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ssdi & ssi comparison

SSDI & SSI

Depending on whichever benefits program you are working with, the payout and the amounts can differ drastically. Both benefit programs work in similar and different ways and both have unique requirements that are very crucial to pay attention to. Both of these programs are under the Social Security Administration and are targeted and intended to help two different kinds of beneficiaries. 

Social Security Disability Insurance is a program aimed toward those who are either mentally and or physically incapable of working or are very limited. Supplemental Security Income is another program that helps those who have barely any or no income and are in need of serious assistance. Usually those who are alot older or have some disability file for this type of supplemental program.

There are probably many of you out there wondering, “what even is the difference between these programs”. Well, here are just a few things. Firstly, the amount that you would be paid in monthly benefits for Social Security Disability drastically differs from person to person. It is dependent on things such as your lifetime earnings, how many years you worked, your income during those years, your disability and your disability rating. 

Depending on how much this varies from person to person, the amount awarded on a monthly basis to each recipient can change quite a lot. For a program like Supplemental Security Income, the amount that is received in benefits is consistent from person to person. The only difference in payment amounts is if you are single or in a relationship. They use the terms “individual” or “couple” to declare from one another.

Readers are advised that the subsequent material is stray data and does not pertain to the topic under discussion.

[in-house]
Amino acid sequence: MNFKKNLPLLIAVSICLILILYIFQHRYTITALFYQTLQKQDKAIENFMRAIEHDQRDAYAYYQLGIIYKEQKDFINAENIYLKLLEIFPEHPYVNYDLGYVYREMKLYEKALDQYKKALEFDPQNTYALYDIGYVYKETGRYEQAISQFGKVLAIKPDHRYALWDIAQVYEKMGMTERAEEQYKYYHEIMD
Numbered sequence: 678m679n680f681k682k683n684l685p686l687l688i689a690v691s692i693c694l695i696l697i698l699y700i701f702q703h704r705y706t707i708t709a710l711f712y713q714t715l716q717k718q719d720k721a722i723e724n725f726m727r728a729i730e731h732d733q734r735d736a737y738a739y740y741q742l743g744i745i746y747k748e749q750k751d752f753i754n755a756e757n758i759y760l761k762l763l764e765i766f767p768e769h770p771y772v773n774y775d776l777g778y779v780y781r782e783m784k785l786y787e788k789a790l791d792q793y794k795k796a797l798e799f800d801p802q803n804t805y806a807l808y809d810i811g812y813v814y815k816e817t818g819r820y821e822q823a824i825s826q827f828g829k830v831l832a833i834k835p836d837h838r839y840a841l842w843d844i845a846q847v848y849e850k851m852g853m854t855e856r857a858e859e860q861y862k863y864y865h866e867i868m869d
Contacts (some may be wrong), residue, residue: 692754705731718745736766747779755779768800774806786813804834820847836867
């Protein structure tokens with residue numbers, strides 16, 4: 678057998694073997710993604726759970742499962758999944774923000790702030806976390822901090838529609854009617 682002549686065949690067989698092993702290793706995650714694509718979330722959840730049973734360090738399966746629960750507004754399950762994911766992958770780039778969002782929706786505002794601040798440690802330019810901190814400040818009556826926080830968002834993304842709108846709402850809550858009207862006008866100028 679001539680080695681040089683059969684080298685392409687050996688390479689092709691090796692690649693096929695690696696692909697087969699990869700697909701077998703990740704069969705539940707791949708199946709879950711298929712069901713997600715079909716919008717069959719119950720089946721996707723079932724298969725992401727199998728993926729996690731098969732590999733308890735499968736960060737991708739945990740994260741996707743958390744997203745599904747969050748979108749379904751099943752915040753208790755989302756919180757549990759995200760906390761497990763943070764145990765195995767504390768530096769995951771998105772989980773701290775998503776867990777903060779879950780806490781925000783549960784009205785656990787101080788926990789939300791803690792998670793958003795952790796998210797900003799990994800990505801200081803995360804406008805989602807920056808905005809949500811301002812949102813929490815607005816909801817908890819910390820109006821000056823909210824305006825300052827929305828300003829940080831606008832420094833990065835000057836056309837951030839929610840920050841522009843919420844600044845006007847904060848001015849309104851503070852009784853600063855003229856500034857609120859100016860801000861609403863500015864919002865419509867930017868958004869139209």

Another commonly asked question is if it is even possible to receive both benefit programs at the same time. The answer to this is yes! Even though it is not so likely to happen, it is still possible considering you meet all requirements for both programs. If you are to try and apply for both, this is what we call a “concurrent claim”. Also, depending on your current income and assets, the SSA will help you in determining if your claim can be for both programs.

The current average SSDI payment for the year 2020 sits around $1,258. There is also a cap that is set in place that is $3,011. Remember that for your payment to be calculated, there are many things the SSA uses to do so. Your earnings throughout your life are taken into consideration as well and there are not many things left that you can do to increase your chances of approval after you have applied. 

Looking to increase your VA rating is one of the only options. 

Your VA rating is your % that is given that rates your symptoms you experience after a service connected disability. This can sometimes be raised depending on if your condition has worsened and will help expedite your claims process as well.

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